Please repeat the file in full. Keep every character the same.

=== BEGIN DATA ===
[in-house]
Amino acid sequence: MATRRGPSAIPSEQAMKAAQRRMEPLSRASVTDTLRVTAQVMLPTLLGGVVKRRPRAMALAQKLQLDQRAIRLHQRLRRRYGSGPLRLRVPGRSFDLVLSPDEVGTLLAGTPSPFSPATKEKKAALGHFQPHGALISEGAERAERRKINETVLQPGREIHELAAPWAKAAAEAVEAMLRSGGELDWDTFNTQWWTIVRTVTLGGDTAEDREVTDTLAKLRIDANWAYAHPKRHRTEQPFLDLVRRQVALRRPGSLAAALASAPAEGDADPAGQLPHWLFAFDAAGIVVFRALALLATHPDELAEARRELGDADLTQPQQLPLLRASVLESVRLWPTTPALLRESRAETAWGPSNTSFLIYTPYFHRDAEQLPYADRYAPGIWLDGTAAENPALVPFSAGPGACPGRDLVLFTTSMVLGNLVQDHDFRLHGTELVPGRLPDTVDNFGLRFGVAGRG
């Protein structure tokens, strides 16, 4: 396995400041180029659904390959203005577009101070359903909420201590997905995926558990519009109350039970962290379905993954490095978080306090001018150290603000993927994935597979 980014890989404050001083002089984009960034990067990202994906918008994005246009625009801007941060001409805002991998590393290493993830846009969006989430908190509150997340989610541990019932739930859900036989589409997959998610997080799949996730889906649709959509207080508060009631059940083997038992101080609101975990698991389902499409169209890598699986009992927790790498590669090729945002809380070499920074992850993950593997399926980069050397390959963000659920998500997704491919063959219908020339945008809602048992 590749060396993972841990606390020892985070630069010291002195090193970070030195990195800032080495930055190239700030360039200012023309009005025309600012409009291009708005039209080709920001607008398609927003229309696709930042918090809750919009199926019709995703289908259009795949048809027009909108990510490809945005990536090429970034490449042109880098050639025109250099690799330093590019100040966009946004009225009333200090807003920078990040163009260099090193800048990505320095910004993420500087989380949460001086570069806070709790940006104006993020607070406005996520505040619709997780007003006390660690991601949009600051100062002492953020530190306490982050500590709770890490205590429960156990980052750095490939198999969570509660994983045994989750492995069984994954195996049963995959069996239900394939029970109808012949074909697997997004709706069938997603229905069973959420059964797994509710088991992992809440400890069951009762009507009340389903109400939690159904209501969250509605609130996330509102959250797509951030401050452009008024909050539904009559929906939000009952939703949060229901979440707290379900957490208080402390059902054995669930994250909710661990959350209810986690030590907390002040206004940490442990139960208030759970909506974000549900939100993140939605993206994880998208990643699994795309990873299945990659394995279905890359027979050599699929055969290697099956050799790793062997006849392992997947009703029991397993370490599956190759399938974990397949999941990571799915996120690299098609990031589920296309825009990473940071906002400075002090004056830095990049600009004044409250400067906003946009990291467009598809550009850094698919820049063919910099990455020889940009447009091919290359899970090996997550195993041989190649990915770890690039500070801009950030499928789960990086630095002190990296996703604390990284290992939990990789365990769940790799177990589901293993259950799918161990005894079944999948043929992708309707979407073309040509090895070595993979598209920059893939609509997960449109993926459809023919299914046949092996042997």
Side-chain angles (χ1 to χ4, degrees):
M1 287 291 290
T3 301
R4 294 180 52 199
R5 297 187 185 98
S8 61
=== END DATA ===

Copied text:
[in-house]
Amino acid sequence: MATRRGPSAIPSEQAMKAAQRRMEPLSRASVTDTLRVTAQVMLPTLLGGVVKRRPRAMALAQKLQLDQRAIRLHQRLRRRYGSGPLRLRVPGRSFDLVLSPDEVGTLLAGTPSPFSPATKEKKAALGHFQPHGALISEGAERAERRKINETVLQPGREIHELAAPWAKAAAEAVEAMLRSGGELDWDTFNTQWWTIVRTVTLGGDTAEDREVTDTLAKLRIDANWAYAHPKRHRTEQPFLDLVRRQVALRRPGSLAAALASAPAEGDADPAGQLPHWLFAFDAAGIVVFRALALLATHPDELAEARRELGDADLTQPQQLPLLRASVLESVRLWPTTPALLRESRAETAWGPSNTSFLIYTPYFHRDAEQLPYADRYAPGIWLDGTAAENPALVPFSAGPGACPGRDLVLFTTSMVLGNLVQDHDFRLHGTELVPGRLPDTVDNFGLRFGVAGRG
């Protein structure tokens, strides 16, 4: 396995400041180029659904390959203005577009101070359903909420201590997905995926558990519009109350039970962290379905993954490095978080306090001018150290603000993927994935597979 980014890989404050001083002089984009960034990067990202994906918008994005246009625009801007941060001409805002991998590393290493993830846009969006989430908190509150997340989610541990019932739930859900036989589409997959998610997080799949996730889906649709959509207080508060009631059940083997038992101080609101975990698991389902499409169209890598699986009992927790790498590669090729945002809380070499920074992850993950593997399926980069050397390959963000659920998500997704491919063959219908020339945008809602048992 590749060396993972841990606390020892985070630069010291002195090193970070030195990195800032080495930055190239700030360039200012023309009005025309600012409009291009708005039209080709920001607008398609927003229309696709930042918090809750919009199926019709995703289908259009795949048809027009909108990510490809945005990536090429970034490449042109880098050639025109250099690799330093590019100040966009946004009225009333200090807003920078990040163009260099090193800048990505320095910004993420500087989380949460001086570069806070709790940006104006993020607070406005996520505040619709997780007003006390660690991601949009600051100062002492953020530190306490982050500590709770890490205590429960156990980052750095490939198999969570509660994983045994989750492995069984994954195996049963995959069996239900394939029970109808012949074909697997997004709706069938997603229905069973959420059964797994509710088991992992809440400890069951009762009507009340389903109400939690159904209501969250509605609130996330509102959250797509951030401050452009008024909050539904009559929906939000009952939703949060229901979440707290379900957490208080402390059902054995669930994250909710661990959350209810986690030590907390002040206004940490442990139960208030759970909506974000549900939100993140939605993206994880998208990643699994795309990873299945990659394995279905890359027979050599699929055969290697099956050799790793062997006849392992997947009703029991397993370490599956190759399938974990397949999941990571799915996120690299098609990031589920296309825009990473940071906002400075002090004056830095990049600009004044409250400067906003946009990291467009598809550009850094698919820049063919910099990455020889940009447009091919290359899970090996997550195993041989190649990915770890690039500070801009950030499928789960990086630095002190990296996703604390990284290992939990990789365990769940790799177990589901293993259950799918161990005894079944999948043929992708309707979407073309040509090895070595993979598209920059893939609509997960449109993926459809023919299914046949092996042997």
Side-chain angles (χ1 to χ4, degrees):
M1 287 291 290
T3 301
R4 294 180 52 199
R5 297 187 185 98
S8 61